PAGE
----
I’m just getting my feet wet in this whole grandfathering thing. As many of you know, we had our first grandson this year. Baby Owen was born to Tim and Caroline in March. Since Tim is stationed in Hawaii, it took several months to coordinate my first visit to meet him, and I am happy to report the child is real!

I could not have been more thrilled to make the long journey to hold this precious life in my own arms, and I’ve spent some time reflecting on grandfathering since then. 

The Joy 

“Grandchildren are the crown of the aged, and the glory of children is their fathers.” Proverbs 17:6 

In some ways, grandfathering feels like fathering 2.0. I am now the father of a father, and it was so cool to hear him talking to his son. 

“You’re OK, Owen.”  

“It’s alright, little man.” 

“Settle down, son; it’s almost time to eat.” 

It brings me great joy to watch my son be a dad and see him and his bride grow closer together as a couple and become more skilled in being parents. 

The Challenge 

Paul writes in I Corinthians 4:14-16, “I do not write these things to make you ashamed, but to admonish you as my beloved children. For though you have countless guides in Christ, you do not have many fathers. For I became your father in Christ Jesus through the gospel. I urge you, then, be imitators of me.” 

Grandfathering also challenges me to question, “Am I worthy of imitation?”

That’s a lot of pressure to live a life worthy of imitation, but it is something we all need to be thinking about as fathers and grandfathers. It makes me think of what I got wrong, the mistakes I made, and everything I wish I could do over. As much as we try, hindsight is 20/20, and we know we didn’t get it all right. But God’s grace is sufficient.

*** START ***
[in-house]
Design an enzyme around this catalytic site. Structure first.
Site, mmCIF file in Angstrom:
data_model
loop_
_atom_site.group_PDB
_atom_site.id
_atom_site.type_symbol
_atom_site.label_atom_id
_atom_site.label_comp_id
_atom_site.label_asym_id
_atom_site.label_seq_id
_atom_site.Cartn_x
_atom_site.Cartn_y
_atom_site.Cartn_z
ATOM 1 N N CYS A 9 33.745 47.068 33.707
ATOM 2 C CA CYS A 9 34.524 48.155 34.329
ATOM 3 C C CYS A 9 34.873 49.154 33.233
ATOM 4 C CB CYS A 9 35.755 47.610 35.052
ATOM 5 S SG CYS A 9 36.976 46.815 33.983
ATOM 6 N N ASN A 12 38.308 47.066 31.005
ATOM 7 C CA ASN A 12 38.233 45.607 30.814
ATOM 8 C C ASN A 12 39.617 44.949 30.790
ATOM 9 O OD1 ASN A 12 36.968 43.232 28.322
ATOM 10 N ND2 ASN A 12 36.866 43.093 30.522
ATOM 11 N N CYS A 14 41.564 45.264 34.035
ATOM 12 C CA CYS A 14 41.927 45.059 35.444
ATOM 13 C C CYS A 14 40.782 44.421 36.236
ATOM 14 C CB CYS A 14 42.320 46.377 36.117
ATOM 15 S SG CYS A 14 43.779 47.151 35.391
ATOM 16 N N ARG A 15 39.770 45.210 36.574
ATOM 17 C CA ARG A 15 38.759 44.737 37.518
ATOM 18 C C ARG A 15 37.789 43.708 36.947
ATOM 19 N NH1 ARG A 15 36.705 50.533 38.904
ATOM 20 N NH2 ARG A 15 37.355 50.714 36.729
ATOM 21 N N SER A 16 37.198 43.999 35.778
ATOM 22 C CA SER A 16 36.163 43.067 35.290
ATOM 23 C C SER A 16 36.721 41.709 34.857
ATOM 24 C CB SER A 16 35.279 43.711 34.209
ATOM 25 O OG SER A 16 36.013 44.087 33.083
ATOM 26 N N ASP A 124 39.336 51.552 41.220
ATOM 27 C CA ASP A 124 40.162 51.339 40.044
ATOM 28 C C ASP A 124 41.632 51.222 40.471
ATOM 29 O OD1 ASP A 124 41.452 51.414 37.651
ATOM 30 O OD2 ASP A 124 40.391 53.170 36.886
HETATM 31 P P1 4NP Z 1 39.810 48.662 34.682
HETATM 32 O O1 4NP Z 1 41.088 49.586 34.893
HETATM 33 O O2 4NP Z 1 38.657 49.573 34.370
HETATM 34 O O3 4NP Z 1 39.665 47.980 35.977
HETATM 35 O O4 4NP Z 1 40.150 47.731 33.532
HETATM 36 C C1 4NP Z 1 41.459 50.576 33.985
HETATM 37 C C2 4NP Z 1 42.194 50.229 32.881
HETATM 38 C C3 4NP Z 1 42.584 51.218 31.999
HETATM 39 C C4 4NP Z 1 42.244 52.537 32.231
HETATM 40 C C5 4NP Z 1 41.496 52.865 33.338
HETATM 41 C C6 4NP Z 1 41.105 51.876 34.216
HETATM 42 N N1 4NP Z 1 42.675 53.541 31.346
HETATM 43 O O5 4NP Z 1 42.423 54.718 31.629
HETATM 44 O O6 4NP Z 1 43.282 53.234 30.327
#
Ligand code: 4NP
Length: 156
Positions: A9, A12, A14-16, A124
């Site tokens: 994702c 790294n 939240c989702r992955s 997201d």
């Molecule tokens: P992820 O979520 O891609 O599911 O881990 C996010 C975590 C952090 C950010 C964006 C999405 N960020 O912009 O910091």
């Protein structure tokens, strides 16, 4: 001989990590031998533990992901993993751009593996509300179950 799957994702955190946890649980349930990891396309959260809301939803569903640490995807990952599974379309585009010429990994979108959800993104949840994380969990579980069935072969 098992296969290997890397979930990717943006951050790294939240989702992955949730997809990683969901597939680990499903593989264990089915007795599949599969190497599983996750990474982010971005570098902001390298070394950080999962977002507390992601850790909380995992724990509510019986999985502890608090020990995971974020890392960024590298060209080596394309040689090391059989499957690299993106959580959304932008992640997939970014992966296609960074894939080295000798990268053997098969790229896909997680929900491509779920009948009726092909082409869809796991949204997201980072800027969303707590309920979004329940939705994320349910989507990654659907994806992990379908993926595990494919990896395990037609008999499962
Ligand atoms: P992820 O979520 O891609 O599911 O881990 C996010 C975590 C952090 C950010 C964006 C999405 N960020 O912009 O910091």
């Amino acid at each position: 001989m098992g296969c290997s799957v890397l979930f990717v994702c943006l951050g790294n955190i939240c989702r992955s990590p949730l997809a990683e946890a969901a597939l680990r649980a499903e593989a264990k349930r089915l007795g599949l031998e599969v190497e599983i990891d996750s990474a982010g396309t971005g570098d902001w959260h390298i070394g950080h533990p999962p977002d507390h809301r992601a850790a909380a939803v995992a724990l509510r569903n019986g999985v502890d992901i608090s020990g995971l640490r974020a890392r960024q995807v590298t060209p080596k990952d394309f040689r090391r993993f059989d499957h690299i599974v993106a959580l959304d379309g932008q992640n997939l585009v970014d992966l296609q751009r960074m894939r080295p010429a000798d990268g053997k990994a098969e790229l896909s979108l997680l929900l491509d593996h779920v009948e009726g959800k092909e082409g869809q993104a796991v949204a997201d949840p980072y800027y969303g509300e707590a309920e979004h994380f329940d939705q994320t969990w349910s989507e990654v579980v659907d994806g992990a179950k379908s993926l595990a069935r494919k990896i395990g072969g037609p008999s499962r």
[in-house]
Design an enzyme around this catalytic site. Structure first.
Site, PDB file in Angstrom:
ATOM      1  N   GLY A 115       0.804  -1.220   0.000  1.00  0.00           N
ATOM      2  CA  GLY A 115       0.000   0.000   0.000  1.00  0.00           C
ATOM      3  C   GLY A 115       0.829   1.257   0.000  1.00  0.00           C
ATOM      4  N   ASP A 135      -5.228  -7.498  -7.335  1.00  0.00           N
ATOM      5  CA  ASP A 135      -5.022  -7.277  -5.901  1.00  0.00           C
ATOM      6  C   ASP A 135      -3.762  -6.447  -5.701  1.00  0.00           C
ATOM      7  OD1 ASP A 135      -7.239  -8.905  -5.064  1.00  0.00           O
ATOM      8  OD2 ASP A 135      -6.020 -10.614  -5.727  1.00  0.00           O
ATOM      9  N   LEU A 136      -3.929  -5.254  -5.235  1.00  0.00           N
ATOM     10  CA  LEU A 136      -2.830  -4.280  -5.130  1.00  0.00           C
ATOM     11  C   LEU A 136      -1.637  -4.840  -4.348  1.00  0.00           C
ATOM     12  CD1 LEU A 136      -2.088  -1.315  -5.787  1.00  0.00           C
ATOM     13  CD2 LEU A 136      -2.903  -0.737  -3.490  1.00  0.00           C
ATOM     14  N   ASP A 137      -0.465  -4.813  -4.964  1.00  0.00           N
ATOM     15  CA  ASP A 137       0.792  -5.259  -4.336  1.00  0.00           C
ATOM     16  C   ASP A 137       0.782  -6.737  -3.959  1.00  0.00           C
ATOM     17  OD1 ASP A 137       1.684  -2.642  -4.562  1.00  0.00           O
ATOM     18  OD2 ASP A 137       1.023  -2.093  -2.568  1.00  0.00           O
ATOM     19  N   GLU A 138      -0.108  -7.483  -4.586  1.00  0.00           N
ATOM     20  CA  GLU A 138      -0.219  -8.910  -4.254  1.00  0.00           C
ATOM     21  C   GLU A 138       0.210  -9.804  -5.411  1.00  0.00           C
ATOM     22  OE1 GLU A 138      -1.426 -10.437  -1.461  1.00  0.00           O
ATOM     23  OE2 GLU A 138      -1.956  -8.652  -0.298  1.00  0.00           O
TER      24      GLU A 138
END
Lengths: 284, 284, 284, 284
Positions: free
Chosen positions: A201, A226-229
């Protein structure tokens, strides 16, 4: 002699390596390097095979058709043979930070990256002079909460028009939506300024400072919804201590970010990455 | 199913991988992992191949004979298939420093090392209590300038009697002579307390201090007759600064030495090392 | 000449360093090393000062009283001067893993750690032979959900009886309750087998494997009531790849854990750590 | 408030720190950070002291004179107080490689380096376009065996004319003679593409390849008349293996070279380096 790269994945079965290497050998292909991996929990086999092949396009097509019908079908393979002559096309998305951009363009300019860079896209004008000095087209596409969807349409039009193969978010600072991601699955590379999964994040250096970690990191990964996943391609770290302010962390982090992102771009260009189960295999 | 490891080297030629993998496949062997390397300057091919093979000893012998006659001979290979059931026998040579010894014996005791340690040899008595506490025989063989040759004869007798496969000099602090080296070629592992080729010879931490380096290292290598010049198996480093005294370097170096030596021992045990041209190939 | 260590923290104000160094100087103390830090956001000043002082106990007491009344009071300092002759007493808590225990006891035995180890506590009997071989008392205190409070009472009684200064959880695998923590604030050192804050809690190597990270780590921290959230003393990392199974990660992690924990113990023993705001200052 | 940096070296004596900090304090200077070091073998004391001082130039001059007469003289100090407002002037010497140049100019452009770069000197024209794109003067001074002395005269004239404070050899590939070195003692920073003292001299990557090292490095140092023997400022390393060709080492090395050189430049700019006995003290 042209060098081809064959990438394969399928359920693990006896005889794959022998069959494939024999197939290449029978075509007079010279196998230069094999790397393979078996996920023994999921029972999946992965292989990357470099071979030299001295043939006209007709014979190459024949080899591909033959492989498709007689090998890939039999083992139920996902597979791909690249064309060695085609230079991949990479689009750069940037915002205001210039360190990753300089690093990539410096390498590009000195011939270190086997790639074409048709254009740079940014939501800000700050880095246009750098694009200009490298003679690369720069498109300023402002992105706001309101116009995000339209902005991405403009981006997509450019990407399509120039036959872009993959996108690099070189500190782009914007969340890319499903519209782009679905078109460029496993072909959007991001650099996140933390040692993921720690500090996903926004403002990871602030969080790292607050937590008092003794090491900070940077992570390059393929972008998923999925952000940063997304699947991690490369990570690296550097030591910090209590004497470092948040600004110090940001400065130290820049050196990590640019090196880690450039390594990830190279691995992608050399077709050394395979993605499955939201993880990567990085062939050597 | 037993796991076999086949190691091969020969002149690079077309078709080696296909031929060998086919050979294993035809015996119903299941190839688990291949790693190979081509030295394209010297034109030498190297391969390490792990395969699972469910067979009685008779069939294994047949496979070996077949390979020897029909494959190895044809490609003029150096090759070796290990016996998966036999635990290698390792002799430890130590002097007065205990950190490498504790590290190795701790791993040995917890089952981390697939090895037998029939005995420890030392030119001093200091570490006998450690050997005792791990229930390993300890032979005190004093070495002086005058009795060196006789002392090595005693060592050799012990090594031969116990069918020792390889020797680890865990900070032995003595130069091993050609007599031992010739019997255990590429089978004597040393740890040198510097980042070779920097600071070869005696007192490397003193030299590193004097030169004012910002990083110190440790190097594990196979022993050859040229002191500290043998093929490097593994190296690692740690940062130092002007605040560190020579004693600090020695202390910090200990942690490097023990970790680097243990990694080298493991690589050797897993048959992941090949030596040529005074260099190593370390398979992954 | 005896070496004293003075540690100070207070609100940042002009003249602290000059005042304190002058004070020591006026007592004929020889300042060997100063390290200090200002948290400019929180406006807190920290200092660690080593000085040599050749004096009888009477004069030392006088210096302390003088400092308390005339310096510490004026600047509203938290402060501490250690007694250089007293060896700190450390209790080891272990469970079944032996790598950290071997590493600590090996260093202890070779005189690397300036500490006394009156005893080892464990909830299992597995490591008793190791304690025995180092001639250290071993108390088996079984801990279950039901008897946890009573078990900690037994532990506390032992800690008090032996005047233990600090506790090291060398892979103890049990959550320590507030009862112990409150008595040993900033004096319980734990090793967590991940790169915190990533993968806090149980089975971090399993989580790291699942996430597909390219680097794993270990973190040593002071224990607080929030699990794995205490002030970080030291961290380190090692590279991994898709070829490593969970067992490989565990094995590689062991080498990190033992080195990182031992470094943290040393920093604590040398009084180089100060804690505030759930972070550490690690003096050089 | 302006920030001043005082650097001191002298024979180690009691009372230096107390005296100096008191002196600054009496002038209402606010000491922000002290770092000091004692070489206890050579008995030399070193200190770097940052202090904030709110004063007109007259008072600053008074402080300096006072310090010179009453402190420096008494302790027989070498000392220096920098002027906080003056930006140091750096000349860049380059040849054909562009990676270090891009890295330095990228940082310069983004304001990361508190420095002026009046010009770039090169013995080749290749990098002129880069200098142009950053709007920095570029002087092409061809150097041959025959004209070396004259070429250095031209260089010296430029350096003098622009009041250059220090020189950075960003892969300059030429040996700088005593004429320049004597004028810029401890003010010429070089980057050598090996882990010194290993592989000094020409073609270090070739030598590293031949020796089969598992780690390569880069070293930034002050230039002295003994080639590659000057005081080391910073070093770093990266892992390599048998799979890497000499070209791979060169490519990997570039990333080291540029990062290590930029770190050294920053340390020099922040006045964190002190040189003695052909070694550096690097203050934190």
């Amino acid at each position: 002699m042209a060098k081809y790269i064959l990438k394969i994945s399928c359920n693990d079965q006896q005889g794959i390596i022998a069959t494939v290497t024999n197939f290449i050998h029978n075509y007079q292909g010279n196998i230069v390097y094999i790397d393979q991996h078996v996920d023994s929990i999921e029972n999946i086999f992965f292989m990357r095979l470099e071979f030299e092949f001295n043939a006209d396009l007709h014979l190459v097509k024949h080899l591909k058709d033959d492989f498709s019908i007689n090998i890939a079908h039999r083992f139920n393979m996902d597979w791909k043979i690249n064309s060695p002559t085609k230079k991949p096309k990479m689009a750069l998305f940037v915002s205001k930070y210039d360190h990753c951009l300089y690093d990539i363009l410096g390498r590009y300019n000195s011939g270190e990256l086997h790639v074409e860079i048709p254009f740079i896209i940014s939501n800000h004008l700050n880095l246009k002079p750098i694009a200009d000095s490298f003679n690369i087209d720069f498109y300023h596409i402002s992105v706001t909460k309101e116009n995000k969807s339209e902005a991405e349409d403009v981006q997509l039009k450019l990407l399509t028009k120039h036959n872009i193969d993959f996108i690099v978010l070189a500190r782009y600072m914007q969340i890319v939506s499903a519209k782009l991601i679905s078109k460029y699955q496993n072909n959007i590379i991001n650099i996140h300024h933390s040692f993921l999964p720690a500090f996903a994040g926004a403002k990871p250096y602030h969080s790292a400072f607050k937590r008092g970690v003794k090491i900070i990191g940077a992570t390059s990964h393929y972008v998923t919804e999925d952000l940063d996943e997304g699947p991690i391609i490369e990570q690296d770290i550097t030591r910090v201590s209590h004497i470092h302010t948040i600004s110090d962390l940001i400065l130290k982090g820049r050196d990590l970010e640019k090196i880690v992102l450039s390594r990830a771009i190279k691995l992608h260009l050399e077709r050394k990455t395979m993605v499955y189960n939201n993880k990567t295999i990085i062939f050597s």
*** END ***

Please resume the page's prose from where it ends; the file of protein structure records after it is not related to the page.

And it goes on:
I love the picture of fathering that Paul makes so clear. It goes beyond just teaching a kid to throw a baseball, win at the stock market, play video games, or succeed at some skill. There’s a depth to fathering that has this spiritual element to it. It extends beyond the biological, just as Paul called himself a father in Christ Jesus to Timothy and Titus. You can be a father and a spiritual father to your children, grandchildren, and others. 

The Call to Create a Spiritual Legacy 

There’s a six-hour time difference and a bunch of airline miles between baby Owen and us. We can’t be near them frequently, so what can we do? 

  • Pray – I can pray for Owen and his parents regularly, intentionally, specifically. 
  • Be available – I don’t want to intrude and tell them what to do or how to do it, but I can be available to receive a call, to listen, hear their frustrations, encourage, and support them. 
  • Celebrate – Sometimes, I just need to celebrate and cheer for Tim and Caroline. I need to let them know that they have what it takes. 
  • Serve and Invest – We will serve and invest in them as much as we can. Because we’re so far away, we have to trust that other folks will be mentors, helpers, and surrogate grandparents for our children and grandchildren. So, we can join the fun by helping, serving, encouraging, and loving on other young families. We can be a blessing to them, and it will help us with our baby withdrawals. 

Stacy and I are still launching arrows. Just the other day, Zach packed up the truck and headed out of our driveway again for his next assignment. Tim and Caroline are just now putting arrows in their quiver that they will have to launch one day. It’s a multi-generational experience.

They say that grandchildren are the reward you receive for not killing your children! All joking aside, it truly is a reward to see all that they are doing and learning about being a first-time mom and dad and to tell them they are doing great.

“Behold, children are a heritage from the LORD, the fruit of the womb is His reward.” Psalm 127:3 

Recommended Resource: 

Check out Championship Grandfathering: How to Build a Winning Legacy by Carey Casey

Mike Young
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